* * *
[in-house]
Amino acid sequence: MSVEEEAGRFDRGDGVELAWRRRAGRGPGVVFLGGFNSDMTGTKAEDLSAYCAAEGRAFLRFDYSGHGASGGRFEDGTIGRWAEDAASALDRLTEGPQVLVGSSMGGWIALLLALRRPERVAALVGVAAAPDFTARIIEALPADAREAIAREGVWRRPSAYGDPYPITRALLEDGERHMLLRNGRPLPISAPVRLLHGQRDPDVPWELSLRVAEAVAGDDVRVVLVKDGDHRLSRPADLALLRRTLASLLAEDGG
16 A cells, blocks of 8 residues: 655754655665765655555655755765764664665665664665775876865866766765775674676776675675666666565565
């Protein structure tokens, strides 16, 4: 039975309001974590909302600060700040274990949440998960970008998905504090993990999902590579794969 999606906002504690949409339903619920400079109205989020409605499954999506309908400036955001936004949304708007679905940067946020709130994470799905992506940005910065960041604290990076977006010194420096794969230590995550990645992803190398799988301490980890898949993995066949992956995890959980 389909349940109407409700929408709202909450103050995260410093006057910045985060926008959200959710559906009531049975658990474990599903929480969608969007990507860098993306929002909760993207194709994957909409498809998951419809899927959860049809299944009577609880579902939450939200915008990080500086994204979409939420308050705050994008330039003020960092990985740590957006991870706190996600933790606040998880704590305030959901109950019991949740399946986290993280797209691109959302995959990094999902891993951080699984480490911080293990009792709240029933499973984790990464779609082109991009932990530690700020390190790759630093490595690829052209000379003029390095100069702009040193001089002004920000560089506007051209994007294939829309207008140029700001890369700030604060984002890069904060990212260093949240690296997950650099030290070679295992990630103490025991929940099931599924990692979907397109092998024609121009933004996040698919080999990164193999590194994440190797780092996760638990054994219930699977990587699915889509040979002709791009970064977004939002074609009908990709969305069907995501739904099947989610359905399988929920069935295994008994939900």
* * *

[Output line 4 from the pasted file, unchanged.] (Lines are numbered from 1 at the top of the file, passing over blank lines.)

């Protein structure tokens, strides 16, 4: 039975309001974590909302600060700040274990949440998960970008998905504090993990999902590579794969 999606906002504690949409339903619920400079109205989020409605499954999506309908400036955001936004949304708007679905940067946020709130994470799905992506940005910065960041604290990076977006010194420096794969230590995550990645992803190398799988301490980890898949993995066949992956995890959980 389909349940109407409700929408709202909450103050995260410093006057910045985060926008959200959710559906009531049975658990474990599903929480969608969007990507860098993306929002909760993207194709994957909409498809998951419809899927959860049809299944009577609880579902939450939200915008990080500086994204979409939420308050705050994008330039003020960092990985740590957006991870706190996600933790606040998880704590305030959901109950019991949740399946986290993280797209691109959302995959990094999902891993951080699984480490911080293990009792709240029933499973984790990464779609082109991009932990530690700020390190790759630093490595690829052209000379003029390095100069702009040193001089002004920000560089506007051209994007294939829309207008140029700001890369700030604060984002890069904060990212260093949240690296997950650099030290070679295992990630103490025991929940099931599924990692979907397109092998024609121009933004996040698919080999990164193999590194994440190797780092996760638990054994219930699977990587699915889509040979002709791009970064977004939002074609009908990709969305069907995501739904099947989610359905399988929920069935295994008994939900």